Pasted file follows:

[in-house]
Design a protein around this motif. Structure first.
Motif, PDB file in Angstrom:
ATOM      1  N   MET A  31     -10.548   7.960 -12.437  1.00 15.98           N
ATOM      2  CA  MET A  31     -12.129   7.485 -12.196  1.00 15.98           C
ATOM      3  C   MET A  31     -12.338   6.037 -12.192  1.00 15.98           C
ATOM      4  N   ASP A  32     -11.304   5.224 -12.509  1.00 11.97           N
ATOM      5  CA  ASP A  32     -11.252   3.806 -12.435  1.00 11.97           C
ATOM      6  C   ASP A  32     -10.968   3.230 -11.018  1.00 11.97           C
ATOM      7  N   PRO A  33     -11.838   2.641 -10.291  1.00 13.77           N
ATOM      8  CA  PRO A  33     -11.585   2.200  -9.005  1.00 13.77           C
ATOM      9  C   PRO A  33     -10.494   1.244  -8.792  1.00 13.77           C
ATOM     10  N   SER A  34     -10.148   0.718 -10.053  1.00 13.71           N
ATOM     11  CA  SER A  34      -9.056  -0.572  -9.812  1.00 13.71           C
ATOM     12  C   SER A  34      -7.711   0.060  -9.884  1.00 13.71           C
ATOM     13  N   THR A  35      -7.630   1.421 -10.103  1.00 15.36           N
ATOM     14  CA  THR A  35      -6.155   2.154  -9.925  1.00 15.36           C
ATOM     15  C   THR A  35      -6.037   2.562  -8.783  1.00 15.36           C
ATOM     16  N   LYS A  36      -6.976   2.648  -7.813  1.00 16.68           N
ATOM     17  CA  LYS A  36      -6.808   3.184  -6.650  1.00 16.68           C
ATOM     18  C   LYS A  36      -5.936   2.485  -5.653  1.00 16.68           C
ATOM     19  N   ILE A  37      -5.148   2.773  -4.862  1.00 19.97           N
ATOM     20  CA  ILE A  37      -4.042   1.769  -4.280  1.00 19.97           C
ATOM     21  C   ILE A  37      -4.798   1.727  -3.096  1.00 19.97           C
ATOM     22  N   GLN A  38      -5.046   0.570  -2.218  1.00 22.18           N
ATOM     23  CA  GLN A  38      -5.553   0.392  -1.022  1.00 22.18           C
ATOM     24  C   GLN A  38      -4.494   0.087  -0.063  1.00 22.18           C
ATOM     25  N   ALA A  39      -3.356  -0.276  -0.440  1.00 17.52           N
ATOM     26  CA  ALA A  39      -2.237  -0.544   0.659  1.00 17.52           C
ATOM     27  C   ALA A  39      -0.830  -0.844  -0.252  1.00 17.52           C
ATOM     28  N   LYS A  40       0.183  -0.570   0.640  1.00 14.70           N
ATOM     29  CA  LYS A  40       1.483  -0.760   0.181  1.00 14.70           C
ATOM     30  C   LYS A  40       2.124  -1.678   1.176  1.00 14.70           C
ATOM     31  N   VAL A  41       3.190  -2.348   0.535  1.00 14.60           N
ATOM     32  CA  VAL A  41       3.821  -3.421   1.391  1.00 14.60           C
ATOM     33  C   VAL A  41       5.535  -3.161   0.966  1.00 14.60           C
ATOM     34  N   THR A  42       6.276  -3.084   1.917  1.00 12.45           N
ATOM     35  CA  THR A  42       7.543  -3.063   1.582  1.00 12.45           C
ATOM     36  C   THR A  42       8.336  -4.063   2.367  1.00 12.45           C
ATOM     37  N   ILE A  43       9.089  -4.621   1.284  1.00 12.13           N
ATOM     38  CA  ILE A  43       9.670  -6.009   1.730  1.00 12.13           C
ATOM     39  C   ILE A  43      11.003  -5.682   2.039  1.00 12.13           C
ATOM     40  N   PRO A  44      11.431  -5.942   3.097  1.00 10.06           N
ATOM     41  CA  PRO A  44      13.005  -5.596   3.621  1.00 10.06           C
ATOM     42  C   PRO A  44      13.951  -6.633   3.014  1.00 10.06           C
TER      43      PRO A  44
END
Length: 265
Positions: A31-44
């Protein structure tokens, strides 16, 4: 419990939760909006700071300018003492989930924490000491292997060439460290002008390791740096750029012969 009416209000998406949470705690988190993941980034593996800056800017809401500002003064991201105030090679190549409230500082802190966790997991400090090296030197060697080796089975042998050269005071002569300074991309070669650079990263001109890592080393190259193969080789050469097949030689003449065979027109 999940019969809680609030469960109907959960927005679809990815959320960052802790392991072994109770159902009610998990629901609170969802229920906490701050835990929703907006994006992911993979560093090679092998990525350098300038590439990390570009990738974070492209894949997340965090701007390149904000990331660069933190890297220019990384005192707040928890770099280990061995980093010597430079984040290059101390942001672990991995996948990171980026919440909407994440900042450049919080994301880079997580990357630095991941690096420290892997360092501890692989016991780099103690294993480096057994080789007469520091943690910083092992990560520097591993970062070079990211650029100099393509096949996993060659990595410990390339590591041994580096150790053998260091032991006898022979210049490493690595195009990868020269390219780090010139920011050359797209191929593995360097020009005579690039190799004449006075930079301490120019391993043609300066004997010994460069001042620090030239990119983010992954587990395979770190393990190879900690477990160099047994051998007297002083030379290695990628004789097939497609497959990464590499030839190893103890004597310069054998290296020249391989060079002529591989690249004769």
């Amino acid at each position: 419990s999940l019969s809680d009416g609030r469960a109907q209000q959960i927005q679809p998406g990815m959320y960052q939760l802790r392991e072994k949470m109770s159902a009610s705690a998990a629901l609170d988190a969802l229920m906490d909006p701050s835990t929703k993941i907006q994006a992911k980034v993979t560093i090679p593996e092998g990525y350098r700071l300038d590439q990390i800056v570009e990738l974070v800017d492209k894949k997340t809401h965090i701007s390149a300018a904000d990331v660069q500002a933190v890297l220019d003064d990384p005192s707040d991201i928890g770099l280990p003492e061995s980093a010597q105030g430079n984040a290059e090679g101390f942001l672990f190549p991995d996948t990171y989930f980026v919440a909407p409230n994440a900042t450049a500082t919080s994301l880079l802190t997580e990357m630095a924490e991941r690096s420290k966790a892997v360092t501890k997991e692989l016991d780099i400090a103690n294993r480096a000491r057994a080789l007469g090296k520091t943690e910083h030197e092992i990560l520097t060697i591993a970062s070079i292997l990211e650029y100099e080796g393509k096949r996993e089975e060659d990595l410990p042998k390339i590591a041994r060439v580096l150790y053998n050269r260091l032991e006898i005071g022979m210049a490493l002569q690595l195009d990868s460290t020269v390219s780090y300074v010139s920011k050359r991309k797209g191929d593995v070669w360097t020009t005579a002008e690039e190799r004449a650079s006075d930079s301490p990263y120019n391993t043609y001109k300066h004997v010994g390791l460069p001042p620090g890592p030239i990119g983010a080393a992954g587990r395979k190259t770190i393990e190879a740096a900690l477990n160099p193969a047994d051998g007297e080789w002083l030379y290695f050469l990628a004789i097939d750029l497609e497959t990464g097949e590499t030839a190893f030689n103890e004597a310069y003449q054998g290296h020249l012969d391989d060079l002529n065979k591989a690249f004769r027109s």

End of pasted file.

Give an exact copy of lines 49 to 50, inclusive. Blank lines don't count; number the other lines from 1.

Positions: A31-44
């Protein structure tokens, strides 16, 4: 419990939760909006700071300018003492989930924490000491292997060439460290002008390791740096750029012969 009416209000998406949470705690988190993941980034593996800056800017809401500002003064991201105030090679190549409230500082802190966790997991400090090296030197060697080796089975042998050269005071002569300074991309070669650079990263001109890592080393190259193969080789050469097949030689003449065979027109 999940019969809680609030469960109907959960927005679809990815959320960052802790392991072994109770159902009610998990629901609170969802229920906490701050835990929703907006994006992911993979560093090679092998990525350098300038590439990390570009990738974070492209894949997340965090701007390149904000990331660069933190890297220019990384005192707040928890770099280990061995980093010597430079984040290059101390942001672990991995996948990171980026919440909407994440900042450049919080994301880079997580990357630095991941690096420290892997360092501890692989016991780099103690294993480096057994080789007469520091943690910083092992990560520097591993970062070079990211650029100099393509096949996993060659990595410990390339590591041994580096150790053998260091032991006898022979210049490493690595195009990868020269390219780090010139920011050359797209191929593995360097020009005579690039190799004449006075930079301490120019391993043609300066004997010994460069001042620090030239990119983010992954587990395979770190393990190879900690477990160099047994051998007297002083030379290695990628004789097939497609497959990464590499030839190893103890004597310069054998290296020249391989060079002529591989690249004769």